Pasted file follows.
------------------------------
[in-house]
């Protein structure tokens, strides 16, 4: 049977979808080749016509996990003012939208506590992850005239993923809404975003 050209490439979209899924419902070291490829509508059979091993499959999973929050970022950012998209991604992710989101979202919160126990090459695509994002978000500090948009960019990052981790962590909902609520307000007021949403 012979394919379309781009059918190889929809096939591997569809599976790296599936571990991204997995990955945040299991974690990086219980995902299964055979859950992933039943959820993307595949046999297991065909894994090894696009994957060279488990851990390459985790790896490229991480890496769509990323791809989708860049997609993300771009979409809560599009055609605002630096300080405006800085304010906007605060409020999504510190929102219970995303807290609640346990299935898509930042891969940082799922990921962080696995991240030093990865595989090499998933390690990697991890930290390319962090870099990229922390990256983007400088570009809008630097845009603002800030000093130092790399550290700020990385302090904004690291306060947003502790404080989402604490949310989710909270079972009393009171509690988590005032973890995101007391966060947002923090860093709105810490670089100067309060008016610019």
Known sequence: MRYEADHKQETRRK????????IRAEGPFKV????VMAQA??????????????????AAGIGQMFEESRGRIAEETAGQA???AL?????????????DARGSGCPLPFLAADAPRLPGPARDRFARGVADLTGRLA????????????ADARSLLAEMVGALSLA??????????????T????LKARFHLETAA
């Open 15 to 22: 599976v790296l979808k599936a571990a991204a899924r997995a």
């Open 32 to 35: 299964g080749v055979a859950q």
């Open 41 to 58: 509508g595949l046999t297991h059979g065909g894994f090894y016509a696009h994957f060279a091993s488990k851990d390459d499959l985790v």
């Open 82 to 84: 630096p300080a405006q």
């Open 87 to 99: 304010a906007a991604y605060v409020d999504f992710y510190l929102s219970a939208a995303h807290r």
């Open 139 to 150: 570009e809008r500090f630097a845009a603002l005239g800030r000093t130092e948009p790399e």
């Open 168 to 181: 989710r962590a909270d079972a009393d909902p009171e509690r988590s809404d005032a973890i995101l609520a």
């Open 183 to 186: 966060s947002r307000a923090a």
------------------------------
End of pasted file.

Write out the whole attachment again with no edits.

[in-house]
């Protein structure tokens, strides 16, 4: 049977979808080749016509996990003012939208506590992850005239993923809404975003 050209490439979209899924419902070291490829509508059979091993499959999973929050970022950012998209991604992710989101979202919160126990090459695509994002978000500090948009960019990052981790962590909902609520307000007021949403 012979394919379309781009059918190889929809096939591997569809599976790296599936571990991204997995990955945040299991974690990086219980995902299964055979859950992933039943959820993307595949046999297991065909894994090894696009994957060279488990851990390459985790790896490229991480890496769509990323791809989708860049997609993300771009979409809560599009055609605002630096300080405006800085304010906007605060409020999504510190929102219970995303807290609640346990299935898509930042891969940082799922990921962080696995991240030093990865595989090499998933390690990697991890930290390319962090870099990229922390990256983007400088570009809008630097845009603002800030000093130092790399550290700020990385302090904004690291306060947003502790404080989402604490949310989710909270079972009393009171509690988590005032973890995101007391966060947002923090860093709105810490670089100067309060008016610019």
Known sequence: MRYEADHKQETRRK????????IRAEGPFKV????VMAQA??????????????????AAGIGQMFEESRGRIAEETAGQA???AL?????????????DARGSGCPLPFLAADAPRLPGPARDRFARGVADLTGRLA????????????ADARSLLAEMVGALSLA??????????????T????LKARFHLETAA
């Open 15 to 22: 599976v790296l979808k599936a571990a991204a899924r997995a």
């Open 32 to 35: 299964g080749v055979a859950q």
């Open 41 to 58: 509508g595949l046999t297991h059979g065909g894994f090894y016509a696009h994957f060279a091993s488990k851990d390459d499959l985790v």
């Open 82 to 84: 630096p300080a405006q």
């Open 87 to 99: 304010a906007a991604y605060v409020d999504f992710y510190l929102s219970a939208a995303h807290r």
């Open 139 to 150: 570009e809008r500090f630097a845009a603002l005239g800030r000093t130092e948009p790399e």
């Open 168 to 181: 989710r962590a909270d079972a009393d909902p009171e509690r988590s809404d005032a973890i995101l609520a």
């Open 183 to 186: 966060s947002r307000a923090a």